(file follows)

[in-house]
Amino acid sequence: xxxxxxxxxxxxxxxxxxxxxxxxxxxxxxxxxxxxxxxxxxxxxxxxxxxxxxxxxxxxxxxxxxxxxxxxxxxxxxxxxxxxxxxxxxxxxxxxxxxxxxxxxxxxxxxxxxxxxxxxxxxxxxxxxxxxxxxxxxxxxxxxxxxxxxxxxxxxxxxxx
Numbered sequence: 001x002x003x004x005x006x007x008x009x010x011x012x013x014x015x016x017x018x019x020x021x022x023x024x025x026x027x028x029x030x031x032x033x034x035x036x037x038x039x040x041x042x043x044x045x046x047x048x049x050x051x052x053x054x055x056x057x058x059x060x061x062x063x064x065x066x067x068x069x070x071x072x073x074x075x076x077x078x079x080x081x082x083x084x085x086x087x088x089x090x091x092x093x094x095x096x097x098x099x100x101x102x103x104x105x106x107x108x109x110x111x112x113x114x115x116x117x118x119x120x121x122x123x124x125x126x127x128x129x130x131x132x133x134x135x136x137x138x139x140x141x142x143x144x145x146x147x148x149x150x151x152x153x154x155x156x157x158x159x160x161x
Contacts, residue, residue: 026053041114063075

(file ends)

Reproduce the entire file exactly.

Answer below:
[in-house]
Amino acid sequence: xxxxxxxxxxxxxxxxxxxxxxxxxxxxxxxxxxxxxxxxxxxxxxxxxxxxxxxxxxxxxxxxxxxxxxxxxxxxxxxxxxxxxxxxxxxxxxxxxxxxxxxxxxxxxxxxxxxxxxxxxxxxxxxxxxxxxxxxxxxxxxxxxxxxxxxxxxxxxxxxx
Numbered sequence: 001x002x003x004x005x006x007x008x009x010x011x012x013x014x015x016x017x018x019x020x021x022x023x024x025x026x027x028x029x030x031x032x033x034x035x036x037x038x039x040x041x042x043x044x045x046x047x048x049x050x051x052x053x054x055x056x057x058x059x060x061x062x063x064x065x066x067x068x069x070x071x072x073x074x075x076x077x078x079x080x081x082x083x084x085x086x087x088x089x090x091x092x093x094x095x096x097x098x099x100x101x102x103x104x105x106x107x108x109x110x111x112x113x114x115x116x117x118x119x120x121x122x123x124x125x126x127x128x129x130x131x132x133x134x135x136x137x138x139x140x141x142x143x144x145x146x147x148x149x150x151x152x153x154x155x156x157x158x159x160x161x
Contacts, residue, residue: 026053041114063075